The Appraisal Process
All of our appraisal reports are written in compliance with the Canadian Uniform Standards of Professional Appraisal Practice (CUSPAP). These standards regulate the appraisal methodology as well as the business practice and conduct of members of the Appraisal Institute of Canada. CUSPAP provides guidelines that ensure consumers receive only the highest quality service and reports.
While the finer details of the appraisal process can vary from appraiser to appraiser, and may depend on the scope of the assignment, the objective of a typical residential appraisal is to estimate the market value of the subject property as of the effective date of the appraisal.
There are a number of steps that the appraiser must take in establishing and justifying their opinion of market value for the subject property, including: inspection of the subject property; collecting and analyzing all relevant data; development of the direct comparison approach; and reconciliation of the appraisal data with a final estimate of value conclusion. These steps are outlined below.
Step 1 - Property Inspection
A thorough inspection is completed to identify and note any characteristics that may impact the property's value in the marketplace. The inspection takes into account many elements, including: physical characteristics of the dwelling; interior and exterior finishes and mechanical systems; quality and condition of the improvements and any upgrades; and any deficiencies or required repairs. The appraiser will collect this information during the inspection, taking photographs to provide a visual record of the data described in the report and may also take measurements to confirm the size of the dwelling. The appraiser also looks for any positive or negative neighbourhood influences that would affect the value of the property.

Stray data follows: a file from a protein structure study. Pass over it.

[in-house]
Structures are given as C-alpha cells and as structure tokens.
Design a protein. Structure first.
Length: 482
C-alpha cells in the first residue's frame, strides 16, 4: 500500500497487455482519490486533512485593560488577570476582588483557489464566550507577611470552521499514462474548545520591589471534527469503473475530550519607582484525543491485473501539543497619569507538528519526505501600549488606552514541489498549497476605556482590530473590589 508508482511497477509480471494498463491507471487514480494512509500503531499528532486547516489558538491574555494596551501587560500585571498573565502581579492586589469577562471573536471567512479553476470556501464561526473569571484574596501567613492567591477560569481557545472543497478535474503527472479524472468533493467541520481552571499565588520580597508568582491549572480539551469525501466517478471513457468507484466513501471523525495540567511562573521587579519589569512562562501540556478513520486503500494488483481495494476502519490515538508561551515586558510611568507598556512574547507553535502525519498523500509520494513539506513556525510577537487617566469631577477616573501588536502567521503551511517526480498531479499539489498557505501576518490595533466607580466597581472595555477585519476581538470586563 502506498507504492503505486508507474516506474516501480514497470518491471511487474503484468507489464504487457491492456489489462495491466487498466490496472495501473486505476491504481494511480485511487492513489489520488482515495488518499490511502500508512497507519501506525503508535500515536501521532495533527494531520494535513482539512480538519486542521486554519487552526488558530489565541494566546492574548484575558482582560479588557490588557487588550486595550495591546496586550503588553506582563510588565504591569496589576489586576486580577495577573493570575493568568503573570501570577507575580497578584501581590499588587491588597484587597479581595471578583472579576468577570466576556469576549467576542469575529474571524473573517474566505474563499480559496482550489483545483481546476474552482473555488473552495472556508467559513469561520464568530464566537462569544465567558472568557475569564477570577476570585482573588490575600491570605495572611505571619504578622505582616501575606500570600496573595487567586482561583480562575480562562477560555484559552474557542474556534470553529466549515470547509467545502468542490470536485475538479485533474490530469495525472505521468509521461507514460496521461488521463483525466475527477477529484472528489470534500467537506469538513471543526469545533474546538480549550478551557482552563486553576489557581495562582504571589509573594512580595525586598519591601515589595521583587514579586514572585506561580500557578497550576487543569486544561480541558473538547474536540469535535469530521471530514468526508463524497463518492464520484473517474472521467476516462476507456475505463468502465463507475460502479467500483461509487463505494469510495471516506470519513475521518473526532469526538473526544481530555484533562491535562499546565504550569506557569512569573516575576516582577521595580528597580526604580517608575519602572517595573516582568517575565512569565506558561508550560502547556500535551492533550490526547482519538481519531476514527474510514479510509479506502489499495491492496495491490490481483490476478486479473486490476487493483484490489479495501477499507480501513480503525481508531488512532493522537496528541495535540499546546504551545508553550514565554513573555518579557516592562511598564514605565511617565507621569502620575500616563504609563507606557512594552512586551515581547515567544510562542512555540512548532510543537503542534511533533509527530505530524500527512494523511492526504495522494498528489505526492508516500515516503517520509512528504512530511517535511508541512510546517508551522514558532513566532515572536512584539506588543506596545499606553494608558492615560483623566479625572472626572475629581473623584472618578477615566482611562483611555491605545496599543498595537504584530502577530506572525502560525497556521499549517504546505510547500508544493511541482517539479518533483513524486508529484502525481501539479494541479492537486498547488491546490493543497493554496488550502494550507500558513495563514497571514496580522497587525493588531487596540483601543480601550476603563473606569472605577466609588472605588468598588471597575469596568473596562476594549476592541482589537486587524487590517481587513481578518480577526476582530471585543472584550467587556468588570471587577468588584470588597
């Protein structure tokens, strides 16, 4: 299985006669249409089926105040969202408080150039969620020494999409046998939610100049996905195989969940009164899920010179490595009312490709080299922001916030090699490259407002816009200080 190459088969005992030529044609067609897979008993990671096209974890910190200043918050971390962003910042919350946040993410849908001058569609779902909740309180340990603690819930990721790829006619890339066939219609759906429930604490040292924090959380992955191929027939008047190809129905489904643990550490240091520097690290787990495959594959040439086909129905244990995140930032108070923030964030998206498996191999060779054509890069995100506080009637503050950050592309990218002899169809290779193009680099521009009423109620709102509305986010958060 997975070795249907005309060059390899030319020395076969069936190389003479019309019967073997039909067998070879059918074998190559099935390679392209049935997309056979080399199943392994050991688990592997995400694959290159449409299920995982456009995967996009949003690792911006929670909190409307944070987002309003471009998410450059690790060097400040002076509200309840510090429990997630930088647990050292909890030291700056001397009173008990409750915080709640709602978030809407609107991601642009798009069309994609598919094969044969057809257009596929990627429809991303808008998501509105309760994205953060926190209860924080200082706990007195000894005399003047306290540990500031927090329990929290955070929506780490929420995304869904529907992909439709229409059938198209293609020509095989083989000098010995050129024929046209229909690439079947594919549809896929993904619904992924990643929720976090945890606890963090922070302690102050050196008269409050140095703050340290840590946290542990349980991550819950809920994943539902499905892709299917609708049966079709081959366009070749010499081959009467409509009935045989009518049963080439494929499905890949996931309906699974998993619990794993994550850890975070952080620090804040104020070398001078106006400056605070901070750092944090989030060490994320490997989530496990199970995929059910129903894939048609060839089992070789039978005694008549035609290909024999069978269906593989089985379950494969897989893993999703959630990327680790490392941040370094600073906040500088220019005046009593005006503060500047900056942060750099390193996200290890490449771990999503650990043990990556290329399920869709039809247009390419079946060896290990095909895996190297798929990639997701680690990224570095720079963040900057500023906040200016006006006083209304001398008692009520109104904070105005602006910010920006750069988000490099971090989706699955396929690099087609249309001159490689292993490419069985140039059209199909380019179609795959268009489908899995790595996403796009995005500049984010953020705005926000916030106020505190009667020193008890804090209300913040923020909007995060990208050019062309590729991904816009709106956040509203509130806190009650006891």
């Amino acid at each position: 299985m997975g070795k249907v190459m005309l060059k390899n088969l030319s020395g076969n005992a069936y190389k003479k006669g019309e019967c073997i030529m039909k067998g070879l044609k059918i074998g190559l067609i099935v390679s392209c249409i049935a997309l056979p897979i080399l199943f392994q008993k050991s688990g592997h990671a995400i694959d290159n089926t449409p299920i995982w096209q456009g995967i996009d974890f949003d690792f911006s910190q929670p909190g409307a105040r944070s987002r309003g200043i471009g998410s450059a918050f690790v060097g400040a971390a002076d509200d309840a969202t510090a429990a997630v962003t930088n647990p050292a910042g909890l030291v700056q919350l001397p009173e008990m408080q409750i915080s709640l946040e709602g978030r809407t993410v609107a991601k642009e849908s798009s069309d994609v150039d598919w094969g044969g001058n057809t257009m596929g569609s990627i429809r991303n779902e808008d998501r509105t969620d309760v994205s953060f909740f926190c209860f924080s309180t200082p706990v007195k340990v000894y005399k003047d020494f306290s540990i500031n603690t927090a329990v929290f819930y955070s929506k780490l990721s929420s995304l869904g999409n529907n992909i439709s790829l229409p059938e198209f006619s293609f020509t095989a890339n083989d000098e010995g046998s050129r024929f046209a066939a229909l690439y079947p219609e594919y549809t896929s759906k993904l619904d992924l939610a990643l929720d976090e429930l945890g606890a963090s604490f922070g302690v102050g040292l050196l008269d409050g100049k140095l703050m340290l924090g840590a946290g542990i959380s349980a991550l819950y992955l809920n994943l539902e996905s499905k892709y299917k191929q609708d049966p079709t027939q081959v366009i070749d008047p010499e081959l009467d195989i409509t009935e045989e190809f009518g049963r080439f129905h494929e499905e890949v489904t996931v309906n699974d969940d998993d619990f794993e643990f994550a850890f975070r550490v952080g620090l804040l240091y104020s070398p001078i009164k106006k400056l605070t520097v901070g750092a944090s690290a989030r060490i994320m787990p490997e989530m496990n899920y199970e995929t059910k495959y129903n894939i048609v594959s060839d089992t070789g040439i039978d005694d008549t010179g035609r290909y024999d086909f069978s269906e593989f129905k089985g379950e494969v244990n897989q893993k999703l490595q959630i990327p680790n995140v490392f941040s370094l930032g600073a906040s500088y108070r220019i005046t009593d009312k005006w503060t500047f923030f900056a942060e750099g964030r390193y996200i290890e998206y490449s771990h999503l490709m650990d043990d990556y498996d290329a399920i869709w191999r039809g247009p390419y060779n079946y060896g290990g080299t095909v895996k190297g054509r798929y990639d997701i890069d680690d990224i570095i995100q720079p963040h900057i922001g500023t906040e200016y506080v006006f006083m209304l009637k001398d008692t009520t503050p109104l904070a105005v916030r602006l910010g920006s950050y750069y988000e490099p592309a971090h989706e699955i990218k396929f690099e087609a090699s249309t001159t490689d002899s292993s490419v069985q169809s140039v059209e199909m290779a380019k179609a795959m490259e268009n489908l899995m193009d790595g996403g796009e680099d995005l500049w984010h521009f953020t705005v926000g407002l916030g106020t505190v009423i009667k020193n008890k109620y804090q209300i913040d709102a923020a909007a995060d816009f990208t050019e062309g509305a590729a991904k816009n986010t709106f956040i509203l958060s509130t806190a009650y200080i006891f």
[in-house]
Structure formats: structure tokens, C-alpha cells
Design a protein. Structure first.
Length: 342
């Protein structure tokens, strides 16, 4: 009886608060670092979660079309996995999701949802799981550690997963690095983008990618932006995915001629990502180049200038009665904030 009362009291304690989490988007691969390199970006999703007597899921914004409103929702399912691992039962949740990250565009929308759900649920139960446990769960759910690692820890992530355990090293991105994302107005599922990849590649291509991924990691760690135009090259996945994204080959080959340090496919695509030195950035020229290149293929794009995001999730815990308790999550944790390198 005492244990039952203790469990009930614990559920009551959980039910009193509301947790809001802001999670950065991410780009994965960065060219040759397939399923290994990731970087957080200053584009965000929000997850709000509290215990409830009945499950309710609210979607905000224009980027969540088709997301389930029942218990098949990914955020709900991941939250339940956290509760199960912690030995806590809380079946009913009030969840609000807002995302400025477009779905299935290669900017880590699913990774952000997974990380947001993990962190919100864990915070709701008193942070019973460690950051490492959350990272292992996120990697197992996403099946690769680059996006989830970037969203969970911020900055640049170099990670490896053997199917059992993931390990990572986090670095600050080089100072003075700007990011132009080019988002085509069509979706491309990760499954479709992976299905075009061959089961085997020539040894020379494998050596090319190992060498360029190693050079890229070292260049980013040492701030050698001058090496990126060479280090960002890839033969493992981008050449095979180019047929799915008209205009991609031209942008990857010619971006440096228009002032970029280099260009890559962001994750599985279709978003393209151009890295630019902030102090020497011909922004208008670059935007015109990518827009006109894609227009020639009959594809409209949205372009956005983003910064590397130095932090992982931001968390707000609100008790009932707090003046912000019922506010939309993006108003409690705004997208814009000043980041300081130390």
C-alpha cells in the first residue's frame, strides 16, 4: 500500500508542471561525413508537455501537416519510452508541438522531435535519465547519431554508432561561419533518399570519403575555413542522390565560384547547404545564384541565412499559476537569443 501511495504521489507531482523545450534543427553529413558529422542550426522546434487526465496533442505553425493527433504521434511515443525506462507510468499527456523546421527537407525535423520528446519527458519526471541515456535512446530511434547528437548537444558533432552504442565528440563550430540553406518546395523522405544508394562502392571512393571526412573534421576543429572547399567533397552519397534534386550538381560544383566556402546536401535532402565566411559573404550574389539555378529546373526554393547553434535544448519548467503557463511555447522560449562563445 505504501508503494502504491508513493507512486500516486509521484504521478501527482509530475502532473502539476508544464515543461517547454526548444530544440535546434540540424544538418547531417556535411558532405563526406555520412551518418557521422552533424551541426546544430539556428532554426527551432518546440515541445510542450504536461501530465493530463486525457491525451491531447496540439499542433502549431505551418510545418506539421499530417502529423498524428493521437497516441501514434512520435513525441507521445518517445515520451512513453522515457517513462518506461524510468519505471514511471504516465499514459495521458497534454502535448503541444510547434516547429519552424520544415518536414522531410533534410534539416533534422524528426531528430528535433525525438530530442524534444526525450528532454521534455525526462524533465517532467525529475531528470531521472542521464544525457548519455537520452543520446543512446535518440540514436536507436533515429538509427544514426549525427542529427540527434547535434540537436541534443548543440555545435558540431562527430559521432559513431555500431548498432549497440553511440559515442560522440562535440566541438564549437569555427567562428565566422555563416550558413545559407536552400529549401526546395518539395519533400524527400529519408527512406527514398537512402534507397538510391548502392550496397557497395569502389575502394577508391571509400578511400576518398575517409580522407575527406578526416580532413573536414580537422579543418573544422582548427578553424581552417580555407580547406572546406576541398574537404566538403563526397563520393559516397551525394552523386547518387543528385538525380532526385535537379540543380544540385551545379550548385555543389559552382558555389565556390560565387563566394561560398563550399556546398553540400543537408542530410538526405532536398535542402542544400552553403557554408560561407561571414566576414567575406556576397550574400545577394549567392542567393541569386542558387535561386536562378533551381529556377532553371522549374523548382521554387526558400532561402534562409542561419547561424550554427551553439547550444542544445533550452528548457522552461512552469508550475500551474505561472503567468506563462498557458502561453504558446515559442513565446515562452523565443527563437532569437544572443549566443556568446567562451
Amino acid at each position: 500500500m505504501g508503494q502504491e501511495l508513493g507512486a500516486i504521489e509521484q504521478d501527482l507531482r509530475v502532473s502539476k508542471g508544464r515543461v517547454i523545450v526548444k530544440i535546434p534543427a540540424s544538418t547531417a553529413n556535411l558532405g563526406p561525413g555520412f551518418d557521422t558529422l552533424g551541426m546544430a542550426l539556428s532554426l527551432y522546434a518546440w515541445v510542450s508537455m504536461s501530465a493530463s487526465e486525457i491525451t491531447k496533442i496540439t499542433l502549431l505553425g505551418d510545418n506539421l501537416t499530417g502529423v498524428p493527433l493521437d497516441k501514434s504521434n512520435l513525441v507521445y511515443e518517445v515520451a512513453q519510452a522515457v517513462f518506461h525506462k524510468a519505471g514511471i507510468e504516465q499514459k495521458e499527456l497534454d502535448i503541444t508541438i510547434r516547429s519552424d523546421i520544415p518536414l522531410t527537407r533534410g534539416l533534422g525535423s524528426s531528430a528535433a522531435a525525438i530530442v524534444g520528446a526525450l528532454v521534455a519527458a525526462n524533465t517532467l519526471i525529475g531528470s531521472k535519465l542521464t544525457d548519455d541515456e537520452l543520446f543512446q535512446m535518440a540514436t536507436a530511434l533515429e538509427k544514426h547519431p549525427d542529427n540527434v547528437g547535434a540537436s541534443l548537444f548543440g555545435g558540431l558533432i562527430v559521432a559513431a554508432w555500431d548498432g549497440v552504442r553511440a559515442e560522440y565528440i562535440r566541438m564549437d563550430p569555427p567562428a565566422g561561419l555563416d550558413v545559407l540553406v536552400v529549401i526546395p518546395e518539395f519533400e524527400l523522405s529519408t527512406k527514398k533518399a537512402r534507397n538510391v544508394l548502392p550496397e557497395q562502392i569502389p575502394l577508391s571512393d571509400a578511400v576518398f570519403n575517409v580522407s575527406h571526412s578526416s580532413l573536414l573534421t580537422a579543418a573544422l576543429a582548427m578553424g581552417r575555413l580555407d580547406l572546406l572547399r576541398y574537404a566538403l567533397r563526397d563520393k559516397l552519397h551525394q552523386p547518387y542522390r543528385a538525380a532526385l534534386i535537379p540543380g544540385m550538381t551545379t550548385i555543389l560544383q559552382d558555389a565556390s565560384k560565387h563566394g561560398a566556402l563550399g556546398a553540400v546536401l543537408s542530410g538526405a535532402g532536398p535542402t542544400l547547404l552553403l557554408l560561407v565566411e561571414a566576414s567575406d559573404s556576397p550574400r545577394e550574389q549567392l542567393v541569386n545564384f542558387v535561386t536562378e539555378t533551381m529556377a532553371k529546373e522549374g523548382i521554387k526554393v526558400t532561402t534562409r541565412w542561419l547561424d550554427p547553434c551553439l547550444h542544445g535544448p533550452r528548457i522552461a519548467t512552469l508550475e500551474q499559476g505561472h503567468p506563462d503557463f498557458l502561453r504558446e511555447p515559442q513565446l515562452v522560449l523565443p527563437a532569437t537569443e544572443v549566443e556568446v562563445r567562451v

Step 2 - Data Collection and Analysis
The appraisal process includes collecting, analyzing and reporting a wide range of information about the subject property as well as the subject neighbourhood and surrounding area. This includes: neighbourhood market trends and area influences; services and utilities available to the subject property; zoning and land use regulations; legal description; tax assessment; site dimensions; age of the dwelling; property ownership; and sales/transfer history. Current real estate market data, comparable sales and listings are also gathered and analyzed as part of the Direct Comparison Approach.
Step 3 - Direct Comparison Approach
One of the key methods of valuing a residential property is the comparison of the subject property to other recent sales in the neighbouring area that offer similar characteristics. Since no two properties are exactly alike, the appraiser gathers information on any differences and applies adjustments to the comparable sale prices based on the estimated contributory value of these differences. The adjusted sale prices of the comparable sales then provide a reasonable range of value to guide the appraiser in estimating the market value of the subject property.
Step 4 - Reconciliation and Final Estimate of Value
Once the direct comparison process is complete, the appraiser will have a set of adjusted sale prices that provide a range of value for the subject property. To arrive at a final estimate of value, the appraiser reconciles this range by analyzing which sale or sales represent the most reliable comparable(s). Reconciliation is based on a variety of criteria, such as which sale is most similar to the subject (fewest adjustments), which sale has the most similar location or which sale was most recent. The estimated value of the subject property may be at either end of the adjusted value range, depending on which criteria are most relevant, but is often at the mid-point of the adjusted value range, if the available comparable sales are considered equally reliable.